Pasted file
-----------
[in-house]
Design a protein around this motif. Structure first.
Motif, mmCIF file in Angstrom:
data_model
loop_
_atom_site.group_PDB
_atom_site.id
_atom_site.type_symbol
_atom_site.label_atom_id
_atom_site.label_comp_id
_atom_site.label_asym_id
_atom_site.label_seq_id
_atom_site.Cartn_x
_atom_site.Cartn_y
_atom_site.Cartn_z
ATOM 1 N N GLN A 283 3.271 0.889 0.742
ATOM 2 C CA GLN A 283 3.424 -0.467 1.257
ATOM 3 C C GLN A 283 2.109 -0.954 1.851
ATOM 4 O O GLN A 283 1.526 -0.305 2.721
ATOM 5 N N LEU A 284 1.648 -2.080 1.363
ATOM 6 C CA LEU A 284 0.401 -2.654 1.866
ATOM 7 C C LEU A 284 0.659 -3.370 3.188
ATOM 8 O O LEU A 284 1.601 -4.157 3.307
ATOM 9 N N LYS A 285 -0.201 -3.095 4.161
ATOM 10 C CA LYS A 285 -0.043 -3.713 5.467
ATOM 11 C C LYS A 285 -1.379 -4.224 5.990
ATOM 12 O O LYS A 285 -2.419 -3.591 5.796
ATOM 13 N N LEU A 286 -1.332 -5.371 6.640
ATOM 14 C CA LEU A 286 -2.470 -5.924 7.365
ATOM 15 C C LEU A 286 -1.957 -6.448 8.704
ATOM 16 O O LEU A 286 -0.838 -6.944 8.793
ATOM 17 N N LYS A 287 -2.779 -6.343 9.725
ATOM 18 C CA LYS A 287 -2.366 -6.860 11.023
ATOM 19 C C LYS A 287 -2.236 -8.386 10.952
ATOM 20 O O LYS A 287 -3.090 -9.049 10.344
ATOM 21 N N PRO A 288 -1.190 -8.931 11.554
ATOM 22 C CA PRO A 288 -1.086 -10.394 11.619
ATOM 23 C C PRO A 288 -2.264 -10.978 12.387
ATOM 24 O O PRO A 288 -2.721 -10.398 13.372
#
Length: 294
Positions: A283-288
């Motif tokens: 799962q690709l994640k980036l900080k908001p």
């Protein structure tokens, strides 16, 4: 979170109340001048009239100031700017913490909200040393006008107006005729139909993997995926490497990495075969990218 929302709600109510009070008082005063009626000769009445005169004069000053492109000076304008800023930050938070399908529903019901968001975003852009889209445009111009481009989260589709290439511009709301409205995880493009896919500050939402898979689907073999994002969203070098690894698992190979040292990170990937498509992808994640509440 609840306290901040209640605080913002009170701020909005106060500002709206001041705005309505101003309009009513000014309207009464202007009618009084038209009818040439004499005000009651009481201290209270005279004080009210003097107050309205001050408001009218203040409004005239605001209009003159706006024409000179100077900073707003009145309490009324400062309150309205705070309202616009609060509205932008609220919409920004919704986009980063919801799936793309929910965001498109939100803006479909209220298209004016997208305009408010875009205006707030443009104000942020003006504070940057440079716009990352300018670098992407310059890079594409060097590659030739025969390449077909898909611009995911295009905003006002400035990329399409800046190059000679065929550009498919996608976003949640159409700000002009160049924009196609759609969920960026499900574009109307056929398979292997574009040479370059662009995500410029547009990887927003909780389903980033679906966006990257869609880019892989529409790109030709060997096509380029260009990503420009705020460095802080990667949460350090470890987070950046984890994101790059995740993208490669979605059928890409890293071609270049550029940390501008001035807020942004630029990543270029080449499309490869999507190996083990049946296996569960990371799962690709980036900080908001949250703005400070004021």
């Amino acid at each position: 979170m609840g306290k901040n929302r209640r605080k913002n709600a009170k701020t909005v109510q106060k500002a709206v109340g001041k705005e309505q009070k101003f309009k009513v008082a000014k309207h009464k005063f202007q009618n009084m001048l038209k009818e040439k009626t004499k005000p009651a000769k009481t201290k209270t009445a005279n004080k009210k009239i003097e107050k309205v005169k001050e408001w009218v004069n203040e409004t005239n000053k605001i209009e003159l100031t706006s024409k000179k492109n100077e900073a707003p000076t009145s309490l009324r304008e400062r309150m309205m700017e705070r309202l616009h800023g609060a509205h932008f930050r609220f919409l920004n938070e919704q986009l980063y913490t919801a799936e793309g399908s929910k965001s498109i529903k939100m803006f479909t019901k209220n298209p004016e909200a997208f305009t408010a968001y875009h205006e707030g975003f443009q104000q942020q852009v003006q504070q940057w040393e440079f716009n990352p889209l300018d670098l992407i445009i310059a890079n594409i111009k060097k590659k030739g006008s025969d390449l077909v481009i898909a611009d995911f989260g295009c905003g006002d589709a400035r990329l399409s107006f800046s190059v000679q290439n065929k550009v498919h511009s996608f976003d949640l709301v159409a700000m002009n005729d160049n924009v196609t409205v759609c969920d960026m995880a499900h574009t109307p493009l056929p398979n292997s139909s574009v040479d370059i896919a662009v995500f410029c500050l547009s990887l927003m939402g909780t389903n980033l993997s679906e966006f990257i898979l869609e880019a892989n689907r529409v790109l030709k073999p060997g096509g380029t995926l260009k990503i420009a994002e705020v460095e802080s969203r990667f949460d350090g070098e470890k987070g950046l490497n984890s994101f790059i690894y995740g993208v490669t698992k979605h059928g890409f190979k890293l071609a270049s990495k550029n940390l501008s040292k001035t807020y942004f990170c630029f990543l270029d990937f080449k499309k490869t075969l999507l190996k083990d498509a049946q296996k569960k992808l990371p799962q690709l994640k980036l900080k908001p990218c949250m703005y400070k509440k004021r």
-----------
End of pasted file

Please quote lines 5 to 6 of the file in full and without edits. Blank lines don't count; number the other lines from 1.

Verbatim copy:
loop_
_atom_site.group_PDB